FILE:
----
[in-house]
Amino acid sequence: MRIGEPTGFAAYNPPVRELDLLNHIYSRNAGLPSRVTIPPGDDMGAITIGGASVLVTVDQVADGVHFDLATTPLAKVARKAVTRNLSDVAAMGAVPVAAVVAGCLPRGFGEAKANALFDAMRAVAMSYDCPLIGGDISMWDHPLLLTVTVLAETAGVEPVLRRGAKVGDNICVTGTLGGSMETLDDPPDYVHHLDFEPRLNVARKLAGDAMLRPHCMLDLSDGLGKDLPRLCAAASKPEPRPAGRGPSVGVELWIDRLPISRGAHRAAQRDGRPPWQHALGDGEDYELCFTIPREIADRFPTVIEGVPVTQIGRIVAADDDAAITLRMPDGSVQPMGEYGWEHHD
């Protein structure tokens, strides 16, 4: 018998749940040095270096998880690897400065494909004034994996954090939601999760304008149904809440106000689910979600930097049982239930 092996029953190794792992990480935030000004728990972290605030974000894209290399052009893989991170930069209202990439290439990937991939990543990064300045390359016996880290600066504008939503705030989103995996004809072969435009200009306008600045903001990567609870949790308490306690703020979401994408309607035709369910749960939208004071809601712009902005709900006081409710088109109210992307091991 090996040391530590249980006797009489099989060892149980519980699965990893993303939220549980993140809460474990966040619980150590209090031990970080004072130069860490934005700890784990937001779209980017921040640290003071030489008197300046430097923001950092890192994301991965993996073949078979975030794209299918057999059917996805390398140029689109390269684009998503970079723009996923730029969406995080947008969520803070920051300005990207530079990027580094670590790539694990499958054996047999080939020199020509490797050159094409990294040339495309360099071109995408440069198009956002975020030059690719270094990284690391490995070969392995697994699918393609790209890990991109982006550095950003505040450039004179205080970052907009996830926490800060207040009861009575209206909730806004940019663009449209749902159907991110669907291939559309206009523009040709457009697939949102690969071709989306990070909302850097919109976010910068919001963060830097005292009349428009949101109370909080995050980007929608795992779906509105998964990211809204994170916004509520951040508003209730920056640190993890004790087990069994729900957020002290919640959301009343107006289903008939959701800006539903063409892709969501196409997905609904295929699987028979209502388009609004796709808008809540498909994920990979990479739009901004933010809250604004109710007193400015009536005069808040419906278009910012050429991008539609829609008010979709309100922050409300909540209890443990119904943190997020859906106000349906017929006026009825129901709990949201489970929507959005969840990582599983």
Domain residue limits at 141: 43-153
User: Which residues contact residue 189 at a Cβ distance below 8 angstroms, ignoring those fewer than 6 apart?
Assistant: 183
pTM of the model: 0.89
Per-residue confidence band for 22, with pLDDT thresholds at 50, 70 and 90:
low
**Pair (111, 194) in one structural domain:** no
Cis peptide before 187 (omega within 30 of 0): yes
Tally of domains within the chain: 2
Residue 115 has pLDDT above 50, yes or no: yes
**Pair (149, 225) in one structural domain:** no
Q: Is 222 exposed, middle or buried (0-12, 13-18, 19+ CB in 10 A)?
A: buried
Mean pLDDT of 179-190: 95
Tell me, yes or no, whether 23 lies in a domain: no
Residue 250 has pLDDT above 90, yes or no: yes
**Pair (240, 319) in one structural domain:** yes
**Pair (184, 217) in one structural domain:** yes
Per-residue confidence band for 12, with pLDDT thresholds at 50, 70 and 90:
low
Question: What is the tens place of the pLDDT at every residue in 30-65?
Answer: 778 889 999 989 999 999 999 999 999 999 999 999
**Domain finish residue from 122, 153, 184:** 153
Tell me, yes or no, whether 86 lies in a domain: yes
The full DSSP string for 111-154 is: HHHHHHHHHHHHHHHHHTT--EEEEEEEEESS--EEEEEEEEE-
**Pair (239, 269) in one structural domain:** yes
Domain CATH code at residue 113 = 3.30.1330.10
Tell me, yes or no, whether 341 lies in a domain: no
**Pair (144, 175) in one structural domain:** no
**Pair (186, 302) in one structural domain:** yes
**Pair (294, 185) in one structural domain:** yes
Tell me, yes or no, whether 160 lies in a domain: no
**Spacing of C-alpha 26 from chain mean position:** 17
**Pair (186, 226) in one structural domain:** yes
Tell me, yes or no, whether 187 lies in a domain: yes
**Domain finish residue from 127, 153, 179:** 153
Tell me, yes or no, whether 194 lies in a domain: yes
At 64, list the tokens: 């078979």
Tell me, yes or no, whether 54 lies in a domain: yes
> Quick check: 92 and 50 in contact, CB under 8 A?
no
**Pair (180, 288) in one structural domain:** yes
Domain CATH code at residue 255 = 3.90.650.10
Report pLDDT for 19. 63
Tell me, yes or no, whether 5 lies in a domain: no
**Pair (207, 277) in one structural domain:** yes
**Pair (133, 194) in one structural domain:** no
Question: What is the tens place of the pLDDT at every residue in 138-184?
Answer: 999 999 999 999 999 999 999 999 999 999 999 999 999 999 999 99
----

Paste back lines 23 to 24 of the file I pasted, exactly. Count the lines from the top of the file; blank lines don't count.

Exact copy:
low
Question: What is the tens place of the pLDDT at every residue in 30-65?